Caribou, wolves and money - Coeur d'Alene Press: Local News

Caribou, wolves and money

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Posted: Saturday, June 30, 2012 5:00 am

A comment in an article, Spokesman Review, June 22, 2012 entitled "Idaho Senators oppose expanded Caribou habitat” really hit a sore spot with me and I'm sure with many others. Mr. Brad Smith of the Idaho Conservation League stated, "I think that it's unfortunate that people aren't working together to find real solutions," referring to the possible designation of 375,562 acres of North Idaho forest as critical habitat for Caribou.

Let me go back to 1983 when several environmental groups asked for support for their Caribou recovery program. Many people I knew supported it, as I did. It seemed like a good course of action. Ten years into the program the gains in numbers were minuscule at best and at a tremendous cost. I can't quote actual costs because, it seems, no one knows how much was spent. The lack of success caused many people to question the intelligence of investing more funding for a failing program.

The Federal Government was involved through the Endangered Species Act, which probably did not help matters. In the 1990s, these same groups of environmentalists introduced the infamous Gray Wolf caper. It's interesting that I don't recall any group of environmentalists working with the farmers, ranchers or sportsmen groups on this project. The whole program was forced on the three states whether we wanted it or not. I can understand why the U.S. Forest Service, the U.S. Fish and Game and the Endangered Species people were all for it. It's called lifetime benefits and secure employment.

A problem was, much of the funding was spent needlessly because of redundancy of similar state jobs. What irritated many people was the fact that there were an estimated 60,000 Gray Wolves in North America at the time. There was no reason to list them as endangered. Gray Wolves now inhabit the same area as the few Woodland Caribou and that alone is a disaster for the Caribou. Do they really think that wolves don't eat caribou?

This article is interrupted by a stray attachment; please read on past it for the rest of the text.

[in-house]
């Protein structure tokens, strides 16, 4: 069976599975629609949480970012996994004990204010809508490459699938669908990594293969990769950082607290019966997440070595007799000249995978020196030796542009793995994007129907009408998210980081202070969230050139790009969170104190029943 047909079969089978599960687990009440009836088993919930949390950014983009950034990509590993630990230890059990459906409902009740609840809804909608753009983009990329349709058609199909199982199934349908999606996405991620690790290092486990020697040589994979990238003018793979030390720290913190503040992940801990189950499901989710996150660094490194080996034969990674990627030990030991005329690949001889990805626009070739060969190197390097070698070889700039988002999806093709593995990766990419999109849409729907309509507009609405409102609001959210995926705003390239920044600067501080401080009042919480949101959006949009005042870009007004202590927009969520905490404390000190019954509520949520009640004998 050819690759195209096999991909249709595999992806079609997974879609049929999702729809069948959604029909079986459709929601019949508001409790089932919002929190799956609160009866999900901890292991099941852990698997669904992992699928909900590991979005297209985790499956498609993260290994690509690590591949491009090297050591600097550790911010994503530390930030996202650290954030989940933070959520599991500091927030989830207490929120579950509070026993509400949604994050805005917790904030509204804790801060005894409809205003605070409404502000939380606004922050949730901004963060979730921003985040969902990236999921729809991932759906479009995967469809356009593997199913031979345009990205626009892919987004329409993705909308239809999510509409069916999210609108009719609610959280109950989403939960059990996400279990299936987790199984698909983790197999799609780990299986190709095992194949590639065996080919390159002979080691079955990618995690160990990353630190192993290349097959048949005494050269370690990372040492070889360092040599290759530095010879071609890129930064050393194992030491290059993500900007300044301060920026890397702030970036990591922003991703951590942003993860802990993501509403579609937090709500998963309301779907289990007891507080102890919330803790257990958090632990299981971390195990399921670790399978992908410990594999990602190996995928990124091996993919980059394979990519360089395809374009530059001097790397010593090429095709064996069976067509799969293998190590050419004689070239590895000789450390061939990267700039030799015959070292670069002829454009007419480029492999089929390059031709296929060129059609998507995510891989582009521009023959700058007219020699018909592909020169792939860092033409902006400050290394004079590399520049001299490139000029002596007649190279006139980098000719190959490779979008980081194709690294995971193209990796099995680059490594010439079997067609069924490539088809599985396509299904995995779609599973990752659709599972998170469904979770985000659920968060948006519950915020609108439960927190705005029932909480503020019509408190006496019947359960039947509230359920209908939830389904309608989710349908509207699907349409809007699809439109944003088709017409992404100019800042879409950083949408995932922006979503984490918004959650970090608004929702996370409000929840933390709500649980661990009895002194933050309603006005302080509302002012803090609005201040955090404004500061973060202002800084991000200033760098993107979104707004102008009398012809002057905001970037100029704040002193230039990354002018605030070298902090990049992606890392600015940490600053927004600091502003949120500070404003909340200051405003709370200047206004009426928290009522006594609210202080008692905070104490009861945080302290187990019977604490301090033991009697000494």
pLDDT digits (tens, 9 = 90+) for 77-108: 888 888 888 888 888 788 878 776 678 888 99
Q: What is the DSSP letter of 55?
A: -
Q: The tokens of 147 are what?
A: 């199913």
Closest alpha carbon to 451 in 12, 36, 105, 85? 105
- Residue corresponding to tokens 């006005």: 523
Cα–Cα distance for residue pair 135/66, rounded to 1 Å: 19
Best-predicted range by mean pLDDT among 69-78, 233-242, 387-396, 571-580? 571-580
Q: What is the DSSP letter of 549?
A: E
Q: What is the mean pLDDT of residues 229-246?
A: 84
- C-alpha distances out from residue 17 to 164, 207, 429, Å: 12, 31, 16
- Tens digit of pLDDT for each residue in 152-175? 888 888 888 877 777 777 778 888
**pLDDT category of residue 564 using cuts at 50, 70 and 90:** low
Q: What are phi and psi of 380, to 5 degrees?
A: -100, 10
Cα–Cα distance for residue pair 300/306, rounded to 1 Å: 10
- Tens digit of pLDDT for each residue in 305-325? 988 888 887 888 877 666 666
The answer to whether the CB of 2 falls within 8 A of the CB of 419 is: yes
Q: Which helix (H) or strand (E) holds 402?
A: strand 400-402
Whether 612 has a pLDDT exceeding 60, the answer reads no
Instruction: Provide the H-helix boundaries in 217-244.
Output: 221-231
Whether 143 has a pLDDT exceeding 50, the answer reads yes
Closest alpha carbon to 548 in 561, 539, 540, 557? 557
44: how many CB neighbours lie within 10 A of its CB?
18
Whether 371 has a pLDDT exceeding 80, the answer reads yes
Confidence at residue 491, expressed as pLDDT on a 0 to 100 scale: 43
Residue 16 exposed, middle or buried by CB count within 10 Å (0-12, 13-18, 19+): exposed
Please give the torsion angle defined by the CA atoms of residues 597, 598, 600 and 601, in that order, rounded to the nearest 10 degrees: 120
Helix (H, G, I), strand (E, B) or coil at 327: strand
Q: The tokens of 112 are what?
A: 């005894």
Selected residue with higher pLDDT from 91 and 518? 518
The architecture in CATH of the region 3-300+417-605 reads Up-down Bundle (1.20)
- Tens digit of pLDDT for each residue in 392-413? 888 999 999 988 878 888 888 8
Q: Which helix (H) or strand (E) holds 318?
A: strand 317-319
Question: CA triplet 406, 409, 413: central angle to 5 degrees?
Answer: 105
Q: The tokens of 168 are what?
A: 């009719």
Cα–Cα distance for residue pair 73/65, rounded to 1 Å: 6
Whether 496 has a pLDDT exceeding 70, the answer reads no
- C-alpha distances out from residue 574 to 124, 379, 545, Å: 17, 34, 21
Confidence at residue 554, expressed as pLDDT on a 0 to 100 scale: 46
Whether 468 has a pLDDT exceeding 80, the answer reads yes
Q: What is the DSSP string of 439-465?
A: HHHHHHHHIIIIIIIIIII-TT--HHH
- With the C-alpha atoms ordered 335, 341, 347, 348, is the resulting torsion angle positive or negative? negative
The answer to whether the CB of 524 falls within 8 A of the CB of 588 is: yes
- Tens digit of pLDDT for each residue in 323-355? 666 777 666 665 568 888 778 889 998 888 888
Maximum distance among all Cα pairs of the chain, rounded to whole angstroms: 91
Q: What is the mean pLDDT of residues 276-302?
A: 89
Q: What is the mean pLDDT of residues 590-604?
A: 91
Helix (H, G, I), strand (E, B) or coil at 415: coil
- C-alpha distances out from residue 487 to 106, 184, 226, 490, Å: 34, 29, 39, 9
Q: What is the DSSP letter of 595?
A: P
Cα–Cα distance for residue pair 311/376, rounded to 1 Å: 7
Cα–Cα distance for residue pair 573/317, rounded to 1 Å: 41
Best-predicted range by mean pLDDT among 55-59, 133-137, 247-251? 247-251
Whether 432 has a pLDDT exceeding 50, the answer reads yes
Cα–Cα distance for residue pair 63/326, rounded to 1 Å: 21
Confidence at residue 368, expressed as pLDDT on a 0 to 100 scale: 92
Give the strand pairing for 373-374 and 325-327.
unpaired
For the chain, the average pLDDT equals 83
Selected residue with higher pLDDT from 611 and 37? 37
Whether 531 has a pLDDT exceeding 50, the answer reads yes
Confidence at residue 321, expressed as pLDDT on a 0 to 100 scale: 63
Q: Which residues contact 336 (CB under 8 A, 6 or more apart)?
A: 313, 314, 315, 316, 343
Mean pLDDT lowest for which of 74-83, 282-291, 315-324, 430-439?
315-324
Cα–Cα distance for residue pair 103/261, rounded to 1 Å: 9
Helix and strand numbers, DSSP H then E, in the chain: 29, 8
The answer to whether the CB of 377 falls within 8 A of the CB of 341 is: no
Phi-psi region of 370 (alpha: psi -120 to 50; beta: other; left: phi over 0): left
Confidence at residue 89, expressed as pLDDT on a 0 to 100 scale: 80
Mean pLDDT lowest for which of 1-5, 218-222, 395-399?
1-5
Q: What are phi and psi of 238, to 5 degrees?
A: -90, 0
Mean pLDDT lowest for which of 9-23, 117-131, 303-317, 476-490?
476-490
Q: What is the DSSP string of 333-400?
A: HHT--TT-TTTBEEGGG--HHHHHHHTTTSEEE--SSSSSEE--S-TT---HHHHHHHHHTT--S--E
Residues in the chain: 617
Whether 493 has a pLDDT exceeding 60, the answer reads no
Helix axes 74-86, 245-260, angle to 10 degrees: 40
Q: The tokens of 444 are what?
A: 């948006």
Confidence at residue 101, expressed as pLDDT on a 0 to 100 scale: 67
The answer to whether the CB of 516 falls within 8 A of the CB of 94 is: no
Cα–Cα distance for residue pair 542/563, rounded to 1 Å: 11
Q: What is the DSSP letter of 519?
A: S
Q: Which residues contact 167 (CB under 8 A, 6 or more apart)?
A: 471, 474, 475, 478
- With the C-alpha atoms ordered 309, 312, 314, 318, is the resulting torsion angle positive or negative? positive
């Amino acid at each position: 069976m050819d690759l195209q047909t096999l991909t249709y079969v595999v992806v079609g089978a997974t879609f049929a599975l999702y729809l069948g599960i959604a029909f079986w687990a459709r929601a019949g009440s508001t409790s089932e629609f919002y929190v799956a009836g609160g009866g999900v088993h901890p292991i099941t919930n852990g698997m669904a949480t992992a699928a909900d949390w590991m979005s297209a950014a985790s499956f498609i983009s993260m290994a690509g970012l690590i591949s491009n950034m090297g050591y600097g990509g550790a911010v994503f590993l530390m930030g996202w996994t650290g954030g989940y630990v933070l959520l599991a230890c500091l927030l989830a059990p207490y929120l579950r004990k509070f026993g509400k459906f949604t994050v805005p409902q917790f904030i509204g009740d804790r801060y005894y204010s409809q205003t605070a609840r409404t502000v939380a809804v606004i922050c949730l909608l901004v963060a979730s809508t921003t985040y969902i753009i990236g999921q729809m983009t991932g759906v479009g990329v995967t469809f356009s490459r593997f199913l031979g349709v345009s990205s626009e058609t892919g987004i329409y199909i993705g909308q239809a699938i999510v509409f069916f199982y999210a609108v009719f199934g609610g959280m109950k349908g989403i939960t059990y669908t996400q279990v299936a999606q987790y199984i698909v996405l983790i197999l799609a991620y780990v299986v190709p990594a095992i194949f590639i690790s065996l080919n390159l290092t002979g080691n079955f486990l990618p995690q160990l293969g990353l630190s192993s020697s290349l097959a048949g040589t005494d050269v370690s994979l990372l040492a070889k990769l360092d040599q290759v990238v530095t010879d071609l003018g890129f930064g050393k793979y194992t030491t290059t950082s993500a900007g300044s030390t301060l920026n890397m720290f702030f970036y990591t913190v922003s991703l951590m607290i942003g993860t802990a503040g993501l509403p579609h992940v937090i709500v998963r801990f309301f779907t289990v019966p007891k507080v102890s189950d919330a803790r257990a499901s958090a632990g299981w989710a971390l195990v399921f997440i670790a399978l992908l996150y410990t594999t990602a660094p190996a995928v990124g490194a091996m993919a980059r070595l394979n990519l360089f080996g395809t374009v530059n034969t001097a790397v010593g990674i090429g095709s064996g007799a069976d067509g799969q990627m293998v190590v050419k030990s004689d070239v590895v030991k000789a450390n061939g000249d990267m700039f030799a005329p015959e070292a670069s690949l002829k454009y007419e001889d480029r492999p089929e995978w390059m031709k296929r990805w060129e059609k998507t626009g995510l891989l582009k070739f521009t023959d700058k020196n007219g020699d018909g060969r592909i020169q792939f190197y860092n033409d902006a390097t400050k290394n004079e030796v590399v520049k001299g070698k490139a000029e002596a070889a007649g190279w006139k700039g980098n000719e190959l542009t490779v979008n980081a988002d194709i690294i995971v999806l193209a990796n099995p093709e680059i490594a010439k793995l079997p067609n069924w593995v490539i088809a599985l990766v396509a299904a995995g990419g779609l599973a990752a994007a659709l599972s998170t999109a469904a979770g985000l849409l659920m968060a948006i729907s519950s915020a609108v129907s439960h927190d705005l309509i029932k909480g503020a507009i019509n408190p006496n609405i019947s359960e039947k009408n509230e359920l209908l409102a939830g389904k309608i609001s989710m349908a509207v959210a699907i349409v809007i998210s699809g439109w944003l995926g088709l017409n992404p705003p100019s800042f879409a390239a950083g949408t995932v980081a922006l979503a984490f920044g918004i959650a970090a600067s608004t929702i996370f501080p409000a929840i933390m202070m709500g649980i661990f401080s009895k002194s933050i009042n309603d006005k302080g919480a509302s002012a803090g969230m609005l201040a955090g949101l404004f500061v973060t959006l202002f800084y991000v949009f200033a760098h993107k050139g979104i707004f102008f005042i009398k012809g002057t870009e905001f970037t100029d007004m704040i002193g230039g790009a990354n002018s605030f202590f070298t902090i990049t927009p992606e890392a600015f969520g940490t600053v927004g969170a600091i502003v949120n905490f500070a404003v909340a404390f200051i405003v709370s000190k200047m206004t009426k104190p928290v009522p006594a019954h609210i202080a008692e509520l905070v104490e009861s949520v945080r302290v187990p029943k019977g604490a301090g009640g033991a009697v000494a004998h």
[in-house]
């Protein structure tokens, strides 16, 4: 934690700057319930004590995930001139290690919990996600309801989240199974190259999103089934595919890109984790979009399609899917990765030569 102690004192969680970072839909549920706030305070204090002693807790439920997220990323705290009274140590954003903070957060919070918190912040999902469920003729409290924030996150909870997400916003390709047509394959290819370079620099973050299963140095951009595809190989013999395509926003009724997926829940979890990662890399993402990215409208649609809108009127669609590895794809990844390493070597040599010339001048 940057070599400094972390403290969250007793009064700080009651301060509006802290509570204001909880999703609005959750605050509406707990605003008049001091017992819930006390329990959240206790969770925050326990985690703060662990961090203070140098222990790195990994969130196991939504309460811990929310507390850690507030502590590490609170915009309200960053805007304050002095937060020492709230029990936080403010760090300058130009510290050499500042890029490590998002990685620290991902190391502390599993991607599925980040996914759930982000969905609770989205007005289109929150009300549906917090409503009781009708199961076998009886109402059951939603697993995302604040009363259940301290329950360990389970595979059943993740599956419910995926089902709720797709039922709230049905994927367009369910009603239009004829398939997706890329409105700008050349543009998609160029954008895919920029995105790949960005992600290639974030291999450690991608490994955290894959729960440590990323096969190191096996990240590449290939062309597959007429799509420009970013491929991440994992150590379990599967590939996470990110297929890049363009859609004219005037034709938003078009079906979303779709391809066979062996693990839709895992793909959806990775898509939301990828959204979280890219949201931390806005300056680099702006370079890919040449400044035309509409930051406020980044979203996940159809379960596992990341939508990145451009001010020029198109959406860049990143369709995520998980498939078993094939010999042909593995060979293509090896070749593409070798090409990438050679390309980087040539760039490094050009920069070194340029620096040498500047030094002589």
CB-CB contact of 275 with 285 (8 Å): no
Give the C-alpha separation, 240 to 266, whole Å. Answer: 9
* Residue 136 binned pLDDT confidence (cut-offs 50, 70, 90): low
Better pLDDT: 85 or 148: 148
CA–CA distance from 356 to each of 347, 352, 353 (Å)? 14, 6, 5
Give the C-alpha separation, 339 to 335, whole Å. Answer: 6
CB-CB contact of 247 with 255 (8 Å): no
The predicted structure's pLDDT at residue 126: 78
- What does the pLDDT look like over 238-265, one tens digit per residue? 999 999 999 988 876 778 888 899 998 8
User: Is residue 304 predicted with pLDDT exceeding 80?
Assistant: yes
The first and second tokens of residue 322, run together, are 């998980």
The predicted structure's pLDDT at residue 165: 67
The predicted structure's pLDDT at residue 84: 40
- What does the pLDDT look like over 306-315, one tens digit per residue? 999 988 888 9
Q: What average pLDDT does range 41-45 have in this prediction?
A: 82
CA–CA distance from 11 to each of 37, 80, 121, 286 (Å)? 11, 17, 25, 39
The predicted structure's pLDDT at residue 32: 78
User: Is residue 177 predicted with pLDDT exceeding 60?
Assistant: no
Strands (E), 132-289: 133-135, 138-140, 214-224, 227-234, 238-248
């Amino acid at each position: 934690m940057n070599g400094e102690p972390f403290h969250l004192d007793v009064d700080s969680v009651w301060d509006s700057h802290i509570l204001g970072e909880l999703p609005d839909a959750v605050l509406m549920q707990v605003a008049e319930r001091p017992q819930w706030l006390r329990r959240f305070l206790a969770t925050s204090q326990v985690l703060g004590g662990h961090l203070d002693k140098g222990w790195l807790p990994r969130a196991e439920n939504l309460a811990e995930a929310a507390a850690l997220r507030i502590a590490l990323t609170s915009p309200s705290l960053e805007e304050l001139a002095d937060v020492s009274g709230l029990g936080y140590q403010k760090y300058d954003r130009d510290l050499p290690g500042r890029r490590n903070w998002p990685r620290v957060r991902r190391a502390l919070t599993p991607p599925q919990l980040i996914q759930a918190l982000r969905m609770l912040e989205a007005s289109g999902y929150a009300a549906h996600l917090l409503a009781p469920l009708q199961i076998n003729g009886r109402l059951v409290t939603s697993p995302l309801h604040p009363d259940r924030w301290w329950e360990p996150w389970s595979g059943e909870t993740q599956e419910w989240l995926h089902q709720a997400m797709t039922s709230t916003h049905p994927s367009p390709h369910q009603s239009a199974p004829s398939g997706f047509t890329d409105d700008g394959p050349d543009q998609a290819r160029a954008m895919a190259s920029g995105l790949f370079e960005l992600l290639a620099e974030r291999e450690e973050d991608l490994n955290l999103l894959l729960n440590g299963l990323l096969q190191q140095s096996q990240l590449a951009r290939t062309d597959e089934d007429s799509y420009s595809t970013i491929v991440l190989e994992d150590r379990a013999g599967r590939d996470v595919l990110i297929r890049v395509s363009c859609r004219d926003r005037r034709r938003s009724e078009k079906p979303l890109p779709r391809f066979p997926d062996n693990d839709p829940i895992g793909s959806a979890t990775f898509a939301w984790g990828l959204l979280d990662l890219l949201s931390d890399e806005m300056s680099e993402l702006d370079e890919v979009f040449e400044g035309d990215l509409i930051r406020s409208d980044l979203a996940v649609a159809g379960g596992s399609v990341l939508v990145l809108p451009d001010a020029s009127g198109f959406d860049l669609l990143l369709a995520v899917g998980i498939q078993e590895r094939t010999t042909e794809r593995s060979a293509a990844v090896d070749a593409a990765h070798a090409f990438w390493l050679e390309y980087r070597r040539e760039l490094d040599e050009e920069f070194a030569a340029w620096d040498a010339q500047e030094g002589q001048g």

So, here is where we are. A huge amount of funding has been spent on the Caribou recovery program. The herd has increased from (2) in 1983 to (4) in 2012. The Gray Wolf has increased to a point that it is a predator out of control.

Environmental groups are pushing for more wolves and refuse to admit their mistake, nor will they work with others to control their numbers. Why are these environmental groups so hell bent on perpetuating a program that has not and will not work? If Mr. Smith’s group and others like it want support as they say, then present some sensible ideas. Obviously they have no expertise in game management whatsoever.

If you need ideas, try this on for size. Take the millions of dollars you intend to spend on multiple lawsuits, attorneys, influencing government employees etc. Present a suggestion to Washington State University to start a captive breeding program for Woodland Caribou. Get young people involved in future programs that will benefit the Caribou.

One last thing. Entice a Caribou expert from Finland, Norway or Sweden to come to the university to share the knowledge they already have. This might be the only way to preserve this species. Designating 375,000 acres of critical habitat for Caribou and Wolves is not the answer. Maybe 30 years down the road, but not now.

Dennis Johnson is a Hayden Lake resident.

  • Discuss

Welcome to the discussion.


  • fiepie posted at 7:14 pm on Mon, Jul 2, 2012.

    fiepie Posts: 2775

    We shut most of the lumber mills down because people complained about the noise, odor, traffic, smoke, etc.
    Whom do you think would buy the logs?